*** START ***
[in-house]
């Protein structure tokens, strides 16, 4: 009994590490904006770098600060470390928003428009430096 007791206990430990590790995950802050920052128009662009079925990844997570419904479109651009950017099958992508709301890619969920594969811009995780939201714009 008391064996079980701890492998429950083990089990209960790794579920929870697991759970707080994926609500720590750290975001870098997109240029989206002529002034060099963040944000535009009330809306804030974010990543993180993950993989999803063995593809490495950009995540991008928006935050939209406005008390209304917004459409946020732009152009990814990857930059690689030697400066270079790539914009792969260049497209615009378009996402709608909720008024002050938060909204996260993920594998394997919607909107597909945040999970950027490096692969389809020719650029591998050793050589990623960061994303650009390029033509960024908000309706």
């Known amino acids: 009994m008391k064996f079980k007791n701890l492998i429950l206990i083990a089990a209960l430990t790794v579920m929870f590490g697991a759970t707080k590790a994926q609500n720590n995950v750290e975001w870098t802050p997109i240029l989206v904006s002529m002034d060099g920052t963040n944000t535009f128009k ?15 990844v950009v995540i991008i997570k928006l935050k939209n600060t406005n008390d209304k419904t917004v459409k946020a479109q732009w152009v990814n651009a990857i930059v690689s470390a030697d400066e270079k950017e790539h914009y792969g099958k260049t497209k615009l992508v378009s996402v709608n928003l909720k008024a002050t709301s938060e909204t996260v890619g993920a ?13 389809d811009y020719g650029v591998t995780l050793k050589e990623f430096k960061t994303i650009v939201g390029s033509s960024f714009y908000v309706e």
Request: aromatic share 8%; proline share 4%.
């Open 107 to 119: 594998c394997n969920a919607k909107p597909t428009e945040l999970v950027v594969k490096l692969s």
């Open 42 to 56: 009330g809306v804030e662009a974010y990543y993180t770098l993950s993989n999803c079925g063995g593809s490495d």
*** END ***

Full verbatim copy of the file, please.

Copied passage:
[in-house]
């Protein structure tokens, strides 16, 4: 009994590490904006770098600060470390928003428009430096 007791206990430990590790995950802050920052128009662009079925990844997570419904479109651009950017099958992508709301890619969920594969811009995780939201714009 008391064996079980701890492998429950083990089990209960790794579920929870697991759970707080994926609500720590750290975001870098997109240029989206002529002034060099963040944000535009009330809306804030974010990543993180993950993989999803063995593809490495950009995540991008928006935050939209406005008390209304917004459409946020732009152009990814990857930059690689030697400066270079790539914009792969260049497209615009378009996402709608909720008024002050938060909204996260993920594998394997919607909107597909945040999970950027490096692969389809020719650029591998050793050589990623960061994303650009390029033509960024908000309706």
């Known amino acids: 009994m008391k064996f079980k007791n701890l492998i429950l206990i083990a089990a209960l430990t790794v579920m929870f590490g697991a759970t707080k590790a994926q609500n720590n995950v750290e975001w870098t802050p997109i240029l989206v904006s002529m002034d060099g920052t963040n944000t535009f128009k ?15 990844v950009v995540i991008i997570k928006l935050k939209n600060t406005n008390d209304k419904t917004v459409k946020a479109q732009w152009v990814n651009a990857i930059v690689s470390a030697d400066e270079k950017e790539h914009y792969g099958k260049t497209k615009l992508v378009s996402v709608n928003l909720k008024a002050t709301s938060e909204t996260v890619g993920a ?13 389809d811009y020719g650029v591998t995780l050793k050589e990623f430096k960061t994303i650009v939201g390029s033509s960024f714009y908000v309706e």
Request: aromatic share 8%; proline share 4%.
């Open 107 to 119: 594998c394997n969920a919607k909107p597909t428009e945040l999970v950027v594969k490096l692969s």
């Open 42 to 56: 009330g809306v804030e662009a974010y990543y993180t770098l993950s993989n999803c079925g063995g593809s490495d």